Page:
The city will be sued in federal court next month over police use of stun guns, pepper spray and dogs at an Aug. 20 anti-military recruitment demonstration in Oakland, says lawyer Mike Healey.
Healey, who represents some of the six people arrested and cited during last summer's protest in front of the Forbes Avenue recruiting center, will allege that police used excessive force. Healey will seek damages on behalf of four people:
~ Protest organizer De'anna Caligiuri, with Pittsburgh Organizing Group, who was shot with a stun gun and arrested and still faces charges of obstruction of justice, likely at a May 8 trial;
~ Carole Wiedmann of Ohio Township, whom a police dog attempted to bite, but whose second-degree misdemeanor charge of failure to disperse was dismissed in December;
~ Two children, ages 7 and 9, of long-time activist Vincent Eirene, who confirms what the children told City Paper on Aug. 20 ... that they too breathed pepper spray during the altercation.
Principally, Healey says, "the lawsuit will be trying to force the city to adopt reasonable policies on crowd control and the use of Tasers."
The suit will name as defendants the city, Pittsburgh Police and "potentially individual officers," he adds.
City Solicitor Susan Malie says the Office of Municipal Investigations, the internal police review department, has undertaken its own investigation of police actions on Aug. 20, but she cannot report the outcome. "Criminal charges are still pending, and as counsel for the arresting agency it's inappropriate for me to comment on pending litigation," she adds.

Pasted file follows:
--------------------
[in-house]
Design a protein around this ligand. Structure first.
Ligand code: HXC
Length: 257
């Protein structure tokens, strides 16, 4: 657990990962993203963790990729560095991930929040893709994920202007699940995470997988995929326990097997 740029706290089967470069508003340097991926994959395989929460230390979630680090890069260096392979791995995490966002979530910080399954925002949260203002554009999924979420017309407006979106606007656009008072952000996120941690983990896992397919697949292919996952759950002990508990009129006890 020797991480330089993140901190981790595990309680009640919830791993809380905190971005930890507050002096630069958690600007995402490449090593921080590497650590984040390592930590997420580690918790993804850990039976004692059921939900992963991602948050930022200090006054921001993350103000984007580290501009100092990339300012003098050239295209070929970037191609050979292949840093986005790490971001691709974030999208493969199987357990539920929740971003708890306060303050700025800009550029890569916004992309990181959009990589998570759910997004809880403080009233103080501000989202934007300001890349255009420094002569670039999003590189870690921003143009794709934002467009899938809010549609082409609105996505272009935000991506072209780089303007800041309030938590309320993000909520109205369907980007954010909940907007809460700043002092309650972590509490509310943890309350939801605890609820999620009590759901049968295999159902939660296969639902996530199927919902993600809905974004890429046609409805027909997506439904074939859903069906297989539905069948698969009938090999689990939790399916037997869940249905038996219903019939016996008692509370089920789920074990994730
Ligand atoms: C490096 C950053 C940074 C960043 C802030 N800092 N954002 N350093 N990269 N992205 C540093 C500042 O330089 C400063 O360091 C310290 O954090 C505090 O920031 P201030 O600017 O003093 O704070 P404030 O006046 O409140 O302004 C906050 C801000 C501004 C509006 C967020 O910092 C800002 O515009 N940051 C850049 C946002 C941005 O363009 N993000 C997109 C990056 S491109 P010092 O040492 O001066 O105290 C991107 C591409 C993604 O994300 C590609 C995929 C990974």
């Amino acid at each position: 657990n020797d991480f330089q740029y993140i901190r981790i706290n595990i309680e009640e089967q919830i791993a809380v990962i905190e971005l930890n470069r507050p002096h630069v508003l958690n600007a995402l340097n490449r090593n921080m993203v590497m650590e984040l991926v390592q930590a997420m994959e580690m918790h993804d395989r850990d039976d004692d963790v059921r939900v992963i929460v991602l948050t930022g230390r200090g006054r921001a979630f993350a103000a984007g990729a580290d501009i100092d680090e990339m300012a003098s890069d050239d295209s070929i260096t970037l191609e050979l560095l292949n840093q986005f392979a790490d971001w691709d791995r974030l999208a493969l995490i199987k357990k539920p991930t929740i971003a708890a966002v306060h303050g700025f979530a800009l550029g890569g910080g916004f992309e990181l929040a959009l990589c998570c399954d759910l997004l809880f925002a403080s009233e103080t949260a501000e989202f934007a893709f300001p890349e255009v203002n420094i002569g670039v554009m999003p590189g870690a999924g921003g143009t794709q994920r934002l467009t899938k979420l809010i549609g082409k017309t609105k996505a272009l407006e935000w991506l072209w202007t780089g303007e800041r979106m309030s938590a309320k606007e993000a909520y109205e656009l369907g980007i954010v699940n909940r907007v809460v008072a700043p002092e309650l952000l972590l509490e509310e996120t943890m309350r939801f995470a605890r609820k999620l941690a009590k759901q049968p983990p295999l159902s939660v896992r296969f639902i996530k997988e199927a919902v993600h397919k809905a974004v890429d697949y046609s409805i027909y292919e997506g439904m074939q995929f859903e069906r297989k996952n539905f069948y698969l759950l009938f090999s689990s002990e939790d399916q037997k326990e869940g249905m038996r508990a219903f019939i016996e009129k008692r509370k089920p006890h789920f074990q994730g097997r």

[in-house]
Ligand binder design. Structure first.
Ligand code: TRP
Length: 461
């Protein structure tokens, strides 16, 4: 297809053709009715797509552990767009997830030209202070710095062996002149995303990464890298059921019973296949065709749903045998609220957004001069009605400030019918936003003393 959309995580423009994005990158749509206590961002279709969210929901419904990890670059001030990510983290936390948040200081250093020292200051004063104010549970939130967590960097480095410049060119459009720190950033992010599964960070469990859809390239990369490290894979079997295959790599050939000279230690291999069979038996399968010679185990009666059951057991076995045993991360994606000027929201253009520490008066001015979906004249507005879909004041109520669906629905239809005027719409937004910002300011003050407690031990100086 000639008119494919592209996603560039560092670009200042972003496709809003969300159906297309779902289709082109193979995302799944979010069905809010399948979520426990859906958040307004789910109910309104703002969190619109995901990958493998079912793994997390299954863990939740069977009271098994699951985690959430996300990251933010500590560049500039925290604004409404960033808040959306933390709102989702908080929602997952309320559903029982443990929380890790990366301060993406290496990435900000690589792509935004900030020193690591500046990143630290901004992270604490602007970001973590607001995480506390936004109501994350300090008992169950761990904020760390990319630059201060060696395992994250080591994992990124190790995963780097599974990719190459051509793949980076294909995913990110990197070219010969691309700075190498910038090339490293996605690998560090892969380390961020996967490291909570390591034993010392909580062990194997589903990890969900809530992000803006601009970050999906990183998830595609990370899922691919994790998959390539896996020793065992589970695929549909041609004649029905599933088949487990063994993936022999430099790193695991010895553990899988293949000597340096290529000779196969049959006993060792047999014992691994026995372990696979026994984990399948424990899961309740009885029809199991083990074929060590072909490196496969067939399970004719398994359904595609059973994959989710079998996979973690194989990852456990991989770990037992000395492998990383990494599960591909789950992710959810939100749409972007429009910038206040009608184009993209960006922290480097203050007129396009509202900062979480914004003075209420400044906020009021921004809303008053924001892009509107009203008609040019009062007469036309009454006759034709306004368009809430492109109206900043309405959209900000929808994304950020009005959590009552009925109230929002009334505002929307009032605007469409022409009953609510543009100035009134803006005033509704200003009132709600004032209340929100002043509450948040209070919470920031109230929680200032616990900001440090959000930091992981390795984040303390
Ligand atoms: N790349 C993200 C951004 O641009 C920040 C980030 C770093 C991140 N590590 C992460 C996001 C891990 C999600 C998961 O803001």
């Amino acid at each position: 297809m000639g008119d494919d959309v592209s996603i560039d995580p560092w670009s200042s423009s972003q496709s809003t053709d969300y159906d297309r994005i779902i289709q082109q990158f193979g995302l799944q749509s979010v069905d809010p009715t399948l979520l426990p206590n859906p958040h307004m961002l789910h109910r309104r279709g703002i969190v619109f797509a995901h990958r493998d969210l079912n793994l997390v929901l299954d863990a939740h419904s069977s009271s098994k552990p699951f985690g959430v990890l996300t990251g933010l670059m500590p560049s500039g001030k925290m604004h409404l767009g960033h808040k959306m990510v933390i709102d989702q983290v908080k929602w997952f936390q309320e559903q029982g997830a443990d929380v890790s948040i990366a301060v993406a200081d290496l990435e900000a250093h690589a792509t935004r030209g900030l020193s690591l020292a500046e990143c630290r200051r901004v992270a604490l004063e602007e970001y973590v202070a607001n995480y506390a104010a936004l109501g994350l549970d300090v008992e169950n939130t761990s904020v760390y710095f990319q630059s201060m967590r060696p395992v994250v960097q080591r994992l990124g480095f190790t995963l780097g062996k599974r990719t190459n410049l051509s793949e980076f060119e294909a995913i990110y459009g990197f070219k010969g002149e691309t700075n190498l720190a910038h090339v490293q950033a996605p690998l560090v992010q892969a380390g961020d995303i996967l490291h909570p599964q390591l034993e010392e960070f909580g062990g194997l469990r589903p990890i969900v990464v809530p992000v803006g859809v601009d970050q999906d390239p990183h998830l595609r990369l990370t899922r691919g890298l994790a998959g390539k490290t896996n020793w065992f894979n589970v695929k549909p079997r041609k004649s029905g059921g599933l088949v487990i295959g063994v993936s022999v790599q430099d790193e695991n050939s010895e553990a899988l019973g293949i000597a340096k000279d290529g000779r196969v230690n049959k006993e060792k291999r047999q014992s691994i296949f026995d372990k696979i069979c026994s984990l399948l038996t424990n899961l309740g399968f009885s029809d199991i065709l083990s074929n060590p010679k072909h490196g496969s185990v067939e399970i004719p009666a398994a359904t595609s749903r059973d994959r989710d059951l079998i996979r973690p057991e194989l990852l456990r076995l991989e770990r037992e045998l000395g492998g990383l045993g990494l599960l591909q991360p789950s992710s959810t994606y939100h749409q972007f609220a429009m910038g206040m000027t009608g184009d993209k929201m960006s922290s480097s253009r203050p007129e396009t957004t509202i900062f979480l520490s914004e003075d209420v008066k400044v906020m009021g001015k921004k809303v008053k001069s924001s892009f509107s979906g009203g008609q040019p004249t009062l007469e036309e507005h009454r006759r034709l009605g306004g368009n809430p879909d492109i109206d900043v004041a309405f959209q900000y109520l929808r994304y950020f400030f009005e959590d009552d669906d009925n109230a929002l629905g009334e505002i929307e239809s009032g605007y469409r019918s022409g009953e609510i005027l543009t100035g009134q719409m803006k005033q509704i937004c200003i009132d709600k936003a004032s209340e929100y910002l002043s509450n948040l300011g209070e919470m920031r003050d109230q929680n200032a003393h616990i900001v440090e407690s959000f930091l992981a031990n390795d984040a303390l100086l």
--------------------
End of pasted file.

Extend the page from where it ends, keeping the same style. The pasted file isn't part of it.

Healey says neither this investigation nor the outcome of the May 8 trial, which involves Caligiuri and two other protest defendants, will affect whether the federal lawsuit is filed.
"We're assuming [police] are going to say they didn't do anything wrong and we're going to be in federal court quite soon," he says. "Even if police do have grounds to arrest someone, they don't have grounds to use excessive force, and that's the heart of the case."
"In all my years of activism, I have never seen people held to the ground and Tasered or pepper-sprayed," says Eirene, though he surmises that "the Pittsburgh police were just as upset that it came down that way." His children, he adds, "were not hurt, but [not] until recently have they started to overcome their fear of the police or going to any type of demonstration, even if it's a candlelight vigil."
Suing opponents is not his usual way of creating change, Eirene says. But, he concludes facetiously, "In this situation, we felt it would be helpful for Pittsburgh police to develop some sort of policy so that they will beat people up in an orderly manner."